Joban managed to drag Teell in to the small alley, digging his heels in to the dirt when she resisted and tried to back up in to the street again. Quickly, he tied her on to a sticking out piece of metal and squeezed past her, stumbling out in to the street again.
“Phew, your turn, Rion.” He announced, fixing his hair.
He stood back and watched Rion struggle, just as he did, to get Tiya in to the small gap.
Finally, when they had succeeded, Rion and Joban both entered through Kolward’s front door and made their way to the living room. Kolward shuffled in to the room, carefully holding on to a tray, which had upon it a teapot and three cups.
Rion gazed around the musty room and sat down in a big dusty arm chair. Joban sat as well, his eyes fixed on the fire place where a smouldering fire was burning slowly. He looked away from the fire, and glanced around quickly. The walls were lined with many shelves, pictures and clocks. Most of the clocks were the wrong time and some didn’t even work which didn’t surprise Joban, since he thought Kolward was way past his use-by-date. On the shelves were various books and objects of different shapes and sizes, much of the book titles not making sense to Joban, some he couldn’t even read. The pictures on the wall were torn, frayed and crumbling in their frames, even some of the wooden frames looked like they were disintegrating!
Accepting the tea Kolward offered him, Rion then spoke,
“Kolward, we have come here to ask you some questions.”
“Yes, well, yesterday Joban and I came across some medallions, and we were wondering if you could give us some advice.”
Joban sipped his tea, his eyes flicking from Kolward to Rion.
“Please continue,” Kolward requested, inclining his head.
“Joban and I have medallions which we found yesterday. Shortly after Joban found his medallion in the cornfield, we had a visit from Foron’s spirit.”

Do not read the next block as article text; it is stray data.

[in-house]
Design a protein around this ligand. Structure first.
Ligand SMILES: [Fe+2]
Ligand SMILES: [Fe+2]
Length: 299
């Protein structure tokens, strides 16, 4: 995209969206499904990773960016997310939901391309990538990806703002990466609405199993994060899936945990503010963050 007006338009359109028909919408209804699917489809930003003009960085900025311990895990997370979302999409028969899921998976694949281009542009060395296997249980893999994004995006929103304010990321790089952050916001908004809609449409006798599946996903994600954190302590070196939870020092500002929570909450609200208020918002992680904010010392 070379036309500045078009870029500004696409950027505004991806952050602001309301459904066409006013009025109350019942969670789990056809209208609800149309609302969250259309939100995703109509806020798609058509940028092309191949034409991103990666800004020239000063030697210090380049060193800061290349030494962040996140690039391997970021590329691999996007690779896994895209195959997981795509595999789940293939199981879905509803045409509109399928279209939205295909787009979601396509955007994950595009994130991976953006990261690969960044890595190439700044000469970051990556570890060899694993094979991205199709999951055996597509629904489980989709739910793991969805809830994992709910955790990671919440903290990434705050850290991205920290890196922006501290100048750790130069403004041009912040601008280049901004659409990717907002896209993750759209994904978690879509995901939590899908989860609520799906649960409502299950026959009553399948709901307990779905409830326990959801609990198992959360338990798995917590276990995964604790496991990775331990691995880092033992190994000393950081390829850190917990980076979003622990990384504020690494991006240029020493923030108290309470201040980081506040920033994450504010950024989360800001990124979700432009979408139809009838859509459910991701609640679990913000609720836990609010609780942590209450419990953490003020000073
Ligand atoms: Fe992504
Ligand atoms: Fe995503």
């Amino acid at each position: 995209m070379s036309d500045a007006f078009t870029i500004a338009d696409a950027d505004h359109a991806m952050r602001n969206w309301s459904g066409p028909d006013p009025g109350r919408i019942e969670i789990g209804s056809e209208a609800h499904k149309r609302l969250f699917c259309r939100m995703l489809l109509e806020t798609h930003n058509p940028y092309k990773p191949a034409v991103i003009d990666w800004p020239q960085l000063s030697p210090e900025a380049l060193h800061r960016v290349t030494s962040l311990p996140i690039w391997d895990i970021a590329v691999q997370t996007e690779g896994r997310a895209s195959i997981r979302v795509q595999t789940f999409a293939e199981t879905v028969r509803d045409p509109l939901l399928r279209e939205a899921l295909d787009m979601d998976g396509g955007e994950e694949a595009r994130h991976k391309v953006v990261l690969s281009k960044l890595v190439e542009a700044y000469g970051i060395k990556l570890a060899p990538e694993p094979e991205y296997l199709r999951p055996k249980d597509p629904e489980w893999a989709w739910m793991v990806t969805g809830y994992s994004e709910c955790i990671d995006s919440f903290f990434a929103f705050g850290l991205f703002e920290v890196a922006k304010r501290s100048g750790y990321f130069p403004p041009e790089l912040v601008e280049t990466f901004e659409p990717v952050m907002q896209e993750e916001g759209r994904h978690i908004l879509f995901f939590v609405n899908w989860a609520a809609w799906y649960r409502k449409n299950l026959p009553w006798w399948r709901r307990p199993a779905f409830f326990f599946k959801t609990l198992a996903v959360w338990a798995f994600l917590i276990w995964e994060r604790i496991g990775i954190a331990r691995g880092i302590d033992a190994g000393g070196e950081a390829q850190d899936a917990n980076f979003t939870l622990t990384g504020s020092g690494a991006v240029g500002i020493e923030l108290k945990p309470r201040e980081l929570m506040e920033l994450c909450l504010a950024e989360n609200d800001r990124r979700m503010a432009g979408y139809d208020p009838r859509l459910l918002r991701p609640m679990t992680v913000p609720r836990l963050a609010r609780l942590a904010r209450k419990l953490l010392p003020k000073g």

“Really? Do you have the medallions with you?”
Joban and Rion removed the medallions from their necks and Kolward leaned forward, his eyes widening. Carefully, he took their medallions, the wizard medallion in his right hand, and the warrior medallion in his left.
“Foron, you say?” Mused Kolward, turning both of the medallions over in his hands. After he had examined them, he sat back in his chair and reached for his tea.
“Yes, Foron came and asked us to go to his village in the Foron forest. He told us he wanted us to join his army and school.” Joban informed, ending his silence.
Rion glanced uneasily at Joban, and then looked back at the old man, “So, should we go?”
“Well of course you should!” Kolward said rather accusingly, “Silverkeep is the best school there is, Foron was the greatest man that ever lived in West Citadel! He was the maker of the medallions, the creator of the army so powerful! Haven’t you heard of the prophecy?”
“Heard of it, yes. Heard the actual prophecy, no.” Rion growled bitterly.
“Kolward, please tell us the prophecy? Since we’re part of it, as Foron and you suggest, then I think we should be told what the prophecy is.” Joban placed his cup back on to the tray and sat back, eagerly awaiting the story that many people had talked about.
“Well, you want me to tell you boys the prophecy? Alright, but if you two really are the two in the prophecy, then I don’t think you will enjoy part of it. Quite sad actually.” He bowed his head for a moment then looked back up. His eyes took on a glazed look as he began…

(is any one reading this, or should i stop adding chapters?)